TERM – 2^{ND} TERM
WEEK TEN
Class: Junior Secondary School 3
Age: 14 years
Duration: 40 minutes of 5 periods each
Date:
Subject: BASIC TECHNOLOGY
Topic: SIMPLE ELECTRICAL WIRING I
SPECIFIC OBJECTIVES: At the end of the lesson, pupils should be able to
INSTRUCTIONAL TECHNIQUES: Identification, explanation, questions and answers,
demonstration, videos from source
INSTRUCTIONAL MATERIALS: Videos, loud speaker, textbook, pictures,
INSTRUCTIONAL PROCEDURES
PERIOD 1-2
PRESENTATION |
TEACHER’S ACTIVITY |
STUDENT’S ACTIVITY |
STEP 1 INTRODUCTION |
The teacher explains what electric circuit is to the students |
Students pay attention |
STEP 2 EXPLANATION |
Teacher discusses the two types of electric circuit and compare them |
Students pay attention and participate |
STEP 3 DEMONSTRATION |
Teacher guide students to sketch series and parallel connection |
Students pay attention and participate |
STEP 4 NOTE TAKING |
The teacher writes a summarized note on the board |
The students copy the note in their books |
NOTE
SIMPLE ELECTRICAL WIRING I
Electric Circuit
An electric circuit is a closed loop or pathway through which electric current flows. It consists of interconnected components, such as resistors, capacitors, inductors, switches, and sources of electrical energy (like batteries or generators). The components in a circuit are connected by conductive wires that allow the flow of electric charge. Circuits can serve various purposes, from powering electronic devices to controlling complex systems.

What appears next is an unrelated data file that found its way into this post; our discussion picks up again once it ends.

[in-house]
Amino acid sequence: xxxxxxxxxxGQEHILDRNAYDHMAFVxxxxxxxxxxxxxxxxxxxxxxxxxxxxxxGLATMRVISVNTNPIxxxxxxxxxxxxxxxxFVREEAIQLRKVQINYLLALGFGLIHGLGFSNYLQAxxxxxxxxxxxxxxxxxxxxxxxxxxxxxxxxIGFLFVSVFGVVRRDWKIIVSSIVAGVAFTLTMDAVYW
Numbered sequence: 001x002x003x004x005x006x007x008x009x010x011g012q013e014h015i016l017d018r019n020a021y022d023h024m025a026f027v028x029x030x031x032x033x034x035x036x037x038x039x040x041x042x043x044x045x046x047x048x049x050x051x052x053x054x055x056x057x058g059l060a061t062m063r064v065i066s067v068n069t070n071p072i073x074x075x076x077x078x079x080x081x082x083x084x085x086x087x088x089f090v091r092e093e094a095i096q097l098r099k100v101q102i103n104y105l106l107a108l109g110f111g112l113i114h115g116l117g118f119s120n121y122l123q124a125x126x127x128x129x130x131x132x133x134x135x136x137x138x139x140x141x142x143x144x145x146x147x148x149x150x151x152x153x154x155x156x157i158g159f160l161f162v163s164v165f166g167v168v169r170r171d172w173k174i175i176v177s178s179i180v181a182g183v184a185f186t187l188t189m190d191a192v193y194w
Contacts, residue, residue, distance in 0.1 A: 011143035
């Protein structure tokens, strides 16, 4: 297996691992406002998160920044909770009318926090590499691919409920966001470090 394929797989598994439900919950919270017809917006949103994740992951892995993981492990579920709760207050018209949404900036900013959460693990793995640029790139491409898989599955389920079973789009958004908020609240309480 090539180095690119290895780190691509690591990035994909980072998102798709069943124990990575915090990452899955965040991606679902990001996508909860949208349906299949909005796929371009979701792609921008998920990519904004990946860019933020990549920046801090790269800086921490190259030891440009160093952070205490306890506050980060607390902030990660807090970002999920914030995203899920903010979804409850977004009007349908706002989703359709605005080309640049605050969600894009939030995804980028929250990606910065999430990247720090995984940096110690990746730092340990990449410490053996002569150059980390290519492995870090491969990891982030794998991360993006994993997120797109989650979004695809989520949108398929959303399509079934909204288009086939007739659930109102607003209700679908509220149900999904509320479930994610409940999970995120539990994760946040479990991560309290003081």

Types of Electric Circuit
Characteristics:
- The total resistance is the sum of individual resistances.
- The current remains the same throughout the circuit.
- The voltage across the circuit is divided among the components.
- If one component fails (opens), the entire circuit is interrupted.
Characteristics:
- Each component has its own separate branch, and the current divides among the branches.
- The voltage across each component is the same.
- The total resistance is inversely proportional to the sum of the reciprocals of individual resistances.
- If one branch fails (opens), the others remain unaffected.
Comparison of series and parallel circuit
- Series: Voltage is divided among components.
- Parallel: Voltage is the same across all components.
- Series: Current is the same throughout the circuit.
- Parallel: Current divides among branches.
- Series: Total resistance is the sum of individual resistances.
- Parallel: Total resistance is inversely proportional to the sum of reciprocals of individual resistances.
- Series: If one component fails, the entire circuit is interrupted.
- Parallel: Failure in one branch doesn't affect others.
EVALUATION: 1. Define electric circuit.
CLASSWORK: As in evaluation
CONCLUSION: The teacher commends the students positively